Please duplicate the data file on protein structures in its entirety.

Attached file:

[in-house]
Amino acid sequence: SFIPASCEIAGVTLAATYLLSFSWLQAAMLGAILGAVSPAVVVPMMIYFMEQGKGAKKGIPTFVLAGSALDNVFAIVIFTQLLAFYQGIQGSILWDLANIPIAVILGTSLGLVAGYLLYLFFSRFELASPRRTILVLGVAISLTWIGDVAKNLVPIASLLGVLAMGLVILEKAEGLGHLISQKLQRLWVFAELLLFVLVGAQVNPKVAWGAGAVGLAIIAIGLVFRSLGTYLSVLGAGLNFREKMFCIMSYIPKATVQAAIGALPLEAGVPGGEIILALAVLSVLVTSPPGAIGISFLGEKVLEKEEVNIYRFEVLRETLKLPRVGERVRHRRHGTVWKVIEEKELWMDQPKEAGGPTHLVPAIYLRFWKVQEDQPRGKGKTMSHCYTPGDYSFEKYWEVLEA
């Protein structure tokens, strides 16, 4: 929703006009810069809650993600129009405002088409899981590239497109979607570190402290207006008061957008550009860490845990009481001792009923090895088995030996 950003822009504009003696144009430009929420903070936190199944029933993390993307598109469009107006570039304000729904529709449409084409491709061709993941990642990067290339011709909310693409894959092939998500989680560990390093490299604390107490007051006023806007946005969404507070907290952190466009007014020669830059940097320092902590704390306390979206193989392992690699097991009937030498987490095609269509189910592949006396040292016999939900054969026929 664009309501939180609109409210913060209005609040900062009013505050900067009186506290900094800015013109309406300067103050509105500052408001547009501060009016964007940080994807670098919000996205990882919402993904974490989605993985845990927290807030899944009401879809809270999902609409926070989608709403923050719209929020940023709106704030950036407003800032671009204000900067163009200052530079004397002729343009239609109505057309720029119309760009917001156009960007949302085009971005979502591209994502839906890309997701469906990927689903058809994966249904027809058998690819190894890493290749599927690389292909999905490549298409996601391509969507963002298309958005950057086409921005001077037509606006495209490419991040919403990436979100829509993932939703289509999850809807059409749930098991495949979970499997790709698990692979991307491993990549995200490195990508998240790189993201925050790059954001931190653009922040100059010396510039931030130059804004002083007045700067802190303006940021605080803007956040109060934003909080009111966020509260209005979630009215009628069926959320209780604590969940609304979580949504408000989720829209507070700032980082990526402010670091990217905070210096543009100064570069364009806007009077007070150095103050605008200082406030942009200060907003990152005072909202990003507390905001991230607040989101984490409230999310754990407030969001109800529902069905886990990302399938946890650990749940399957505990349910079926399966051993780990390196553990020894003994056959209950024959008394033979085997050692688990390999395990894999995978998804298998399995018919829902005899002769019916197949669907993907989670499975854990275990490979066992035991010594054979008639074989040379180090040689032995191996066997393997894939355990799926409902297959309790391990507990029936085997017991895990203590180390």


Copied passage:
[in-house]
Amino acid sequence: SFIPASCEIAGVTLAATYLLSFSWLQAAMLGAILGAVSPAVVVPMMIYFMEQGKGAKKGIPTFVLAGSALDNVFAIVIFTQLLAFYQGIQGSILWDLANIPIAVILGTSLGLVAGYLLYLFFSRFELASPRRTILVLGVAISLTWIGDVAKNLVPIASLLGVLAMGLVILEKAEGLGHLISQKLQRLWVFAELLLFVLVGAQVNPKVAWGAGAVGLAIIAIGLVFRSLGTYLSVLGAGLNFREKMFCIMSYIPKATVQAAIGALPLEAGVPGGEIILALAVLSVLVTSPPGAIGISFLGEKVLEKEEVNIYRFEVLRETLKLPRVGERVRHRRHGTVWKVIEEKELWMDQPKEAGGPTHLVPAIYLRFWKVQEDQPRGKGKTMSHCYTPGDYSFEKYWEVLEA
């Protein structure tokens, strides 16, 4: 929703006009810069809650993600129009405002088409899981590239497109979607570190402290207006008061957008550009860490845990009481001792009923090895088995030996 950003822009504009003696144009430009929420903070936190199944029933993390993307598109469009107006570039304000729904529709449409084409491709061709993941990642990067290339011709909310693409894959092939998500989680560990390093490299604390107490007051006023806007946005969404507070907290952190466009007014020669830059940097320092902590704390306390979206193989392992690699097991009937030498987490095609269509189910592949006396040292016999939900054969026929 664009309501939180609109409210913060209005609040900062009013505050900067009186506290900094800015013109309406300067103050509105500052408001547009501060009016964007940080994807670098919000996205990882919402993904974490989605993985845990927290807030899944009401879809809270999902609409926070989608709403923050719209929020940023709106704030950036407003800032671009204000900067163009200052530079004397002729343009239609109505057309720029119309760009917001156009960007949302085009971005979502591209994502839906890309997701469906990927689903058809994966249904027809058998690819190894890493290749599927690389292909999905490549298409996601391509969507963002298309958005950057086409921005001077037509606006495209490419991040919403990436979100829509993932939703289509999850809807059409749930098991495949979970499997790709698990692979991307491993990549995200490195990508998240790189993201925050790059954001931190653009922040100059010396510039931030130059804004002083007045700067802190303006940021605080803007956040109060934003909080009111966020509260209005979630009215009628069926959320209780604590969940609304979580949504408000989720829209507070700032980082990526402010670091990217905070210096543009100064570069364009806007009077007070150095103050605008200082406030942009200060907003990152005072909202990003507390905001991230607040989101984490409230999310754990407030969001109800529902069905886990990302399938946890650990749940399957505990349910079926399966051993780990390196553990020894003994056959209950024959008394033979085997050692688990390999395990894999995978998804298998399995018919829902005899002769019916197949669907993907989670499975854990275990490979066992035991010594054979008639074989040379180090040689032995191996066997393997894939355990799926409902297959309790391990507990029936085997017991895990203590180390």